Do you get what's really happening here?
During this election season, there's likely to be a lot more corporate cash in politics, following a Supreme Court ruling last winter that lifted restraints on companies and labor unions.
Already, a case involving Target Corp. and the gay-rights movement has provided one picture of how American politics works in the wake of the Citizens United decision.
Target gave $150,000 to an independent group, which spent some of it on an ad supporting Republican Tom Emmer's bid to be Minnesota's next governor. Target regarded Emmer as pro-business. But as a state legislator, he also built a solid record opposing gay equality.
And it's expected that Minnesota's next governor will have the chance to sign or veto marriage legislation, notes Fred Sainz with the Human Rights Campaign, which advocates for the rights of gay, lesbian, bisexual and transgendered people.So protesters beat a path to Target stores. [...]
This really matters to Target because it has a golden reputation for hiring GLBT employees and backing gay equality. The company apologized. Twice.
"We're sorry. We never meant to let down our team members and our guests with this decision," spokeswoman Lena Michaud said. [...]
And MoveOn.org wants to make a political example of Target.
"Target must promise never to make this kind of political contribution again, and they should serve as a lesson to other corporations who are considering making the same move," says Ilyse Hogue, MoveOn's director of political advocacy.
A company known for its gay-friendly policies gave some political money to a group that made a commercial for a candidate who is in favor of traditional marriage. Because of that, gay activists, left-wing political groups, and the like are saying that Target has to be punished. They are saying that having a belief that marriage involves the union of one man and one woman is not politically acceptable in America anymore. They are protesting Target stores, labeling Target's actions as bigotry and vowing to make an example of the company for daring to support, in an indirect and weak way, a pro-business candidate who also happens to believe that marriage is the union of a man and a woman--this, despite Target's long-standing reputation as a gay-friendly business.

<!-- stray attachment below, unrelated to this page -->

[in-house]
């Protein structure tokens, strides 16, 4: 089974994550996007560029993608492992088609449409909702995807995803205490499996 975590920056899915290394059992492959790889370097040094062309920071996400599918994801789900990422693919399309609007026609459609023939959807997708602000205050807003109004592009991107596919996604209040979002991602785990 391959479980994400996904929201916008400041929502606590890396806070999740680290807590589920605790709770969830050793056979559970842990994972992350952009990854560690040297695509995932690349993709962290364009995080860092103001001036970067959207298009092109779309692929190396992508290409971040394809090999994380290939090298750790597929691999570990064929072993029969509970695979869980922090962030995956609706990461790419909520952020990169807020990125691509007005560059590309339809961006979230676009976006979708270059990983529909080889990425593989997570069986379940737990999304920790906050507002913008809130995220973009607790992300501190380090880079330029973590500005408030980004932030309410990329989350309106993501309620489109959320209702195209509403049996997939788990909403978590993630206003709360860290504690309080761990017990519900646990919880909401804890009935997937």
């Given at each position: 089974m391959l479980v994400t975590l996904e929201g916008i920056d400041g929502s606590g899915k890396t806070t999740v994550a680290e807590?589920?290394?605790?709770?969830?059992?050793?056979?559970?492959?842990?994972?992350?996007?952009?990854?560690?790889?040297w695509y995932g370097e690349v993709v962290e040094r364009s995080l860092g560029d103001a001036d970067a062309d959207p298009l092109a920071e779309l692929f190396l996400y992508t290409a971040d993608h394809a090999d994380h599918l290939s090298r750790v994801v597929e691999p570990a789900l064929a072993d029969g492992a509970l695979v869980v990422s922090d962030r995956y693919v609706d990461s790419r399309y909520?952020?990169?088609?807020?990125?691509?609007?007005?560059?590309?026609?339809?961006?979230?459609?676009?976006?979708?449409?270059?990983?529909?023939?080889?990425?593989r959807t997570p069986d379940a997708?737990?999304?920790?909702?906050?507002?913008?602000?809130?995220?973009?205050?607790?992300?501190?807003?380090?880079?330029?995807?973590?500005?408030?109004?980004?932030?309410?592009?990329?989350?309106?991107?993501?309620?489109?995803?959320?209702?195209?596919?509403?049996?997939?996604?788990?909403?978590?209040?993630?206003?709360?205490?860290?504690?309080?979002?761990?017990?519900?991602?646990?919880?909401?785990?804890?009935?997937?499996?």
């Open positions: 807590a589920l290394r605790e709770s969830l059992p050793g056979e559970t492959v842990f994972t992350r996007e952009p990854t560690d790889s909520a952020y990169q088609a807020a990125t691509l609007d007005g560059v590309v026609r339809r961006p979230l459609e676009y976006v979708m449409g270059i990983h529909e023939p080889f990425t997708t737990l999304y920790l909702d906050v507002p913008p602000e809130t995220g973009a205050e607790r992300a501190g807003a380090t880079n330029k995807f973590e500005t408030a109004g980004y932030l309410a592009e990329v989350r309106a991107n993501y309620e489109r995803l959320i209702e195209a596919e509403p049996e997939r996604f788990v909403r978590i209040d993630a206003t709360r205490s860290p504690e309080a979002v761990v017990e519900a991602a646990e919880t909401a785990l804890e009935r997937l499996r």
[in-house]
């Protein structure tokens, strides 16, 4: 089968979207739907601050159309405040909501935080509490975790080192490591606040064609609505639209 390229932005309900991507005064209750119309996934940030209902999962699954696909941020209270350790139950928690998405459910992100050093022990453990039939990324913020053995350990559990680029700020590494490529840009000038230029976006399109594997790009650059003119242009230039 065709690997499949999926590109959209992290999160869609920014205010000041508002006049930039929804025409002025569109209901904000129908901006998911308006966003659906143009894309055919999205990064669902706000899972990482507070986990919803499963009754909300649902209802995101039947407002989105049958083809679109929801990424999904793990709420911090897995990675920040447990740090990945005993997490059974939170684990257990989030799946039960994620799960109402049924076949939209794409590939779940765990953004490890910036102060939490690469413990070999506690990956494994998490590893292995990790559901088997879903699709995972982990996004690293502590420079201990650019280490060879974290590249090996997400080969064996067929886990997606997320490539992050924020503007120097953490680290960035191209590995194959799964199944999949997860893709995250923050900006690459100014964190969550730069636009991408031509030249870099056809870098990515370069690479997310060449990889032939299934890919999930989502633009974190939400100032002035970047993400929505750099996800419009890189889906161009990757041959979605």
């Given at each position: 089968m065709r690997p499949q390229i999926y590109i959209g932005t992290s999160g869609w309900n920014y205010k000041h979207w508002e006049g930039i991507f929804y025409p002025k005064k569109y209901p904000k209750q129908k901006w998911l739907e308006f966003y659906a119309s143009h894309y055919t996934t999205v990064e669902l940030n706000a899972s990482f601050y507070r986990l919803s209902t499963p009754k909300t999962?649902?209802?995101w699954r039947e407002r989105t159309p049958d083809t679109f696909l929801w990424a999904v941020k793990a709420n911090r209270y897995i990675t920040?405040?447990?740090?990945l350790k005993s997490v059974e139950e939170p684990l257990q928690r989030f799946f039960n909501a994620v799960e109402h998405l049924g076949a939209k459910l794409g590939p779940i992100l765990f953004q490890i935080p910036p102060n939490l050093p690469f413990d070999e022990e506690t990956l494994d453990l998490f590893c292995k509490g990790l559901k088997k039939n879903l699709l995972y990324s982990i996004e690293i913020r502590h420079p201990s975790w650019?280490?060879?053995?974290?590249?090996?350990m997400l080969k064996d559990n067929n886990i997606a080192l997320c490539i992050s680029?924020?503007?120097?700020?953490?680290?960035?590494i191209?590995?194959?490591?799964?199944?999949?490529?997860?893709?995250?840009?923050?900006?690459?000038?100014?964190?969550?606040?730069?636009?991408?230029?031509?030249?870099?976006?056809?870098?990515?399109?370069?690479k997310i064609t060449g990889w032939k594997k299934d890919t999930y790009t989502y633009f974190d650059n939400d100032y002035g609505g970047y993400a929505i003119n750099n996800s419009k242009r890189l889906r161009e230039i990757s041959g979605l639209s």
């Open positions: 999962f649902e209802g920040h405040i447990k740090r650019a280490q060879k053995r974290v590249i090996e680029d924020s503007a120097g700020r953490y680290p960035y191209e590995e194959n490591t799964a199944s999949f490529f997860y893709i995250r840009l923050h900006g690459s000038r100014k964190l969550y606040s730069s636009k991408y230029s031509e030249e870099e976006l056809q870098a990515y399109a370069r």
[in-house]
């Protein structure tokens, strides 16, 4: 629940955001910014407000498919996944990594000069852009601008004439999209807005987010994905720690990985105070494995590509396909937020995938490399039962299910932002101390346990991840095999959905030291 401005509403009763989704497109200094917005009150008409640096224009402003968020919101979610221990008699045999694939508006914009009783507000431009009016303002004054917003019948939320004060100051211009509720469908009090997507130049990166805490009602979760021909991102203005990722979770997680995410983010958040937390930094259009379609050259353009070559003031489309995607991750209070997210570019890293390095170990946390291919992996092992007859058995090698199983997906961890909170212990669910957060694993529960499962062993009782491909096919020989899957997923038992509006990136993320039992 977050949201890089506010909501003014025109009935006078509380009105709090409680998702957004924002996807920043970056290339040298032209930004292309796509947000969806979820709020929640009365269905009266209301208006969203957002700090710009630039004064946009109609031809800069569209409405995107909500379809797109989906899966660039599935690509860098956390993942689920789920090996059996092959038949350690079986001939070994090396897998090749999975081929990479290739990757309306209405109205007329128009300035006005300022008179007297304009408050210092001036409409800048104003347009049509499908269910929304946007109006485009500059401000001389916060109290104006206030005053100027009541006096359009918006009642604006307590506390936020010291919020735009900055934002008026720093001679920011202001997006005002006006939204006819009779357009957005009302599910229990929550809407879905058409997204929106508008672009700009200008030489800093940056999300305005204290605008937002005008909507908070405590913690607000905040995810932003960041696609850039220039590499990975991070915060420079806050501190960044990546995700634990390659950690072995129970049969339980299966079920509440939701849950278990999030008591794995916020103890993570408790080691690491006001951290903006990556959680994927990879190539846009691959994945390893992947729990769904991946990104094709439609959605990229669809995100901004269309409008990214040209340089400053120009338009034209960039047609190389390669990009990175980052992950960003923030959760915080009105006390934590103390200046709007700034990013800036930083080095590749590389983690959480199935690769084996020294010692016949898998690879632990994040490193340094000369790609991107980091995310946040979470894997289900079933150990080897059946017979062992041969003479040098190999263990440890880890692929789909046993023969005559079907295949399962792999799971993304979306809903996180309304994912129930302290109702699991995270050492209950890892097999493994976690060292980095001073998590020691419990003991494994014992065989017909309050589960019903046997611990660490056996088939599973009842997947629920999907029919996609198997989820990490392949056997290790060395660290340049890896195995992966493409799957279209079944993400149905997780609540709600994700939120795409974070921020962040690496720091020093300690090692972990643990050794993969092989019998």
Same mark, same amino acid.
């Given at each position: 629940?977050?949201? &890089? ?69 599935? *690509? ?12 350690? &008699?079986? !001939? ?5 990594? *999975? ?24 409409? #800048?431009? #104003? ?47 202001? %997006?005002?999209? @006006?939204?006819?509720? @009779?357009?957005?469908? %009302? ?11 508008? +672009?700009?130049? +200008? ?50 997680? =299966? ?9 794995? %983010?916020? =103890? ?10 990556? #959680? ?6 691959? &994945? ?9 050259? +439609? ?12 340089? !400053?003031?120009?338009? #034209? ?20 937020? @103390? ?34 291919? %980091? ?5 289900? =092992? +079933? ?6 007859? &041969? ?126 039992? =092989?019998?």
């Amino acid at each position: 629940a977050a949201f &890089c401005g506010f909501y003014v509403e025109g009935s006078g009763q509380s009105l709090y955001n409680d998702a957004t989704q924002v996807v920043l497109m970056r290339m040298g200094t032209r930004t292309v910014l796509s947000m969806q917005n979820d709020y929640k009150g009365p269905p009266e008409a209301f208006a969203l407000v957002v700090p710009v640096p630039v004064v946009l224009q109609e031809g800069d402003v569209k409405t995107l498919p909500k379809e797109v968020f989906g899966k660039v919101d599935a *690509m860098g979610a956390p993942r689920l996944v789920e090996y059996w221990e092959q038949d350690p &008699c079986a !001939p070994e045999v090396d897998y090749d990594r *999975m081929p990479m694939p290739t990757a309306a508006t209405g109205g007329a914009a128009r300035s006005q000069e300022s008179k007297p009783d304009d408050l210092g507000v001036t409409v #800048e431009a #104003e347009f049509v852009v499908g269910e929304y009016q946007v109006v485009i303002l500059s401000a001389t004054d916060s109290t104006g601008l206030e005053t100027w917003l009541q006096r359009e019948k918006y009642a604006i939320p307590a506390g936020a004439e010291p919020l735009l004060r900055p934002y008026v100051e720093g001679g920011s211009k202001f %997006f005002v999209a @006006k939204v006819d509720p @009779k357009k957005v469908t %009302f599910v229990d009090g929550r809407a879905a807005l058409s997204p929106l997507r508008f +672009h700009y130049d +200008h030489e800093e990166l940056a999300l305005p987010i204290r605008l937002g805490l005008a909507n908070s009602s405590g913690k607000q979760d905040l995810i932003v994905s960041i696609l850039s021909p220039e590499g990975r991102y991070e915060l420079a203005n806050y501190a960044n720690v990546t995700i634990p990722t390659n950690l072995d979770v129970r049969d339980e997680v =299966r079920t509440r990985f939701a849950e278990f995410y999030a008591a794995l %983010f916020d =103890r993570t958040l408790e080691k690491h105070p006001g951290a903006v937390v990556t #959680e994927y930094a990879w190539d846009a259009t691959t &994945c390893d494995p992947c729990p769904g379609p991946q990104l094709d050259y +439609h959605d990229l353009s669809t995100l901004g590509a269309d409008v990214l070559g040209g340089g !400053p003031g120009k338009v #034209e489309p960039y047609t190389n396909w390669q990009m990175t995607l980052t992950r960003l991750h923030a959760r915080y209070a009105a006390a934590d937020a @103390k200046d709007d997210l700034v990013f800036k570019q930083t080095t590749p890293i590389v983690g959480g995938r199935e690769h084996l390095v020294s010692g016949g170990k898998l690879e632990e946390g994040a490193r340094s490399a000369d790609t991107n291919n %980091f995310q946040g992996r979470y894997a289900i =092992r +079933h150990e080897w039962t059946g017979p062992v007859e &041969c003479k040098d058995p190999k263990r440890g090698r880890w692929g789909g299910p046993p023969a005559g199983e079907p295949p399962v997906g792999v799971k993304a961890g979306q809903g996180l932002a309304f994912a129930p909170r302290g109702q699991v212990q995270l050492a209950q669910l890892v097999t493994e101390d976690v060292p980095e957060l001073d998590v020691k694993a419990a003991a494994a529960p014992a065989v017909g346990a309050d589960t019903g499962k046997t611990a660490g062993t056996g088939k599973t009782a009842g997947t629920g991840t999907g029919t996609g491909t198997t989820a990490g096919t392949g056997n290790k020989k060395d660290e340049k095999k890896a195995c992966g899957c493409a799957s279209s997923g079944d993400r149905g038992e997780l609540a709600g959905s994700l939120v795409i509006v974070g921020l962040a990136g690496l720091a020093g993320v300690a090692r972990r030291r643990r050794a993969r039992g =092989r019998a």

Homosexual activists will not, now or ever, live in peace with those Americans who believe that marriage is a union of one man and one woman. They will insist that holding this belief is the moral equivalent of racism. They will drive this belief from the public square and punish anyone who holds it.
They will insist that corporations hire only those people willing to state a politically correct and homosexually-altered view of what marriage is. They will list those companies which comply as "good" companies and maintain a list of the "bad" ones--the ones who refuse to interrogate prospective employees as to their marriage beliefs, or worse, the ones who don't really mind if their employees continue to believe that marriage involves a man and a woman. They will demand that government only do business with those companies willing to promote the homosexual view of marriage, and further demand that any company which does not do so be dropped from any chance of obtaining government contracts.
In the minds of gay activists, it is already immoral bigotry for a person to say that he or she believes that marriage is between a man and a woman. In a post-gay "marriage" reality, they will use every available resource the law allows to shut down the belief in traditional marriage--and the freedoms, religious and otherwise, of those who hold that belief.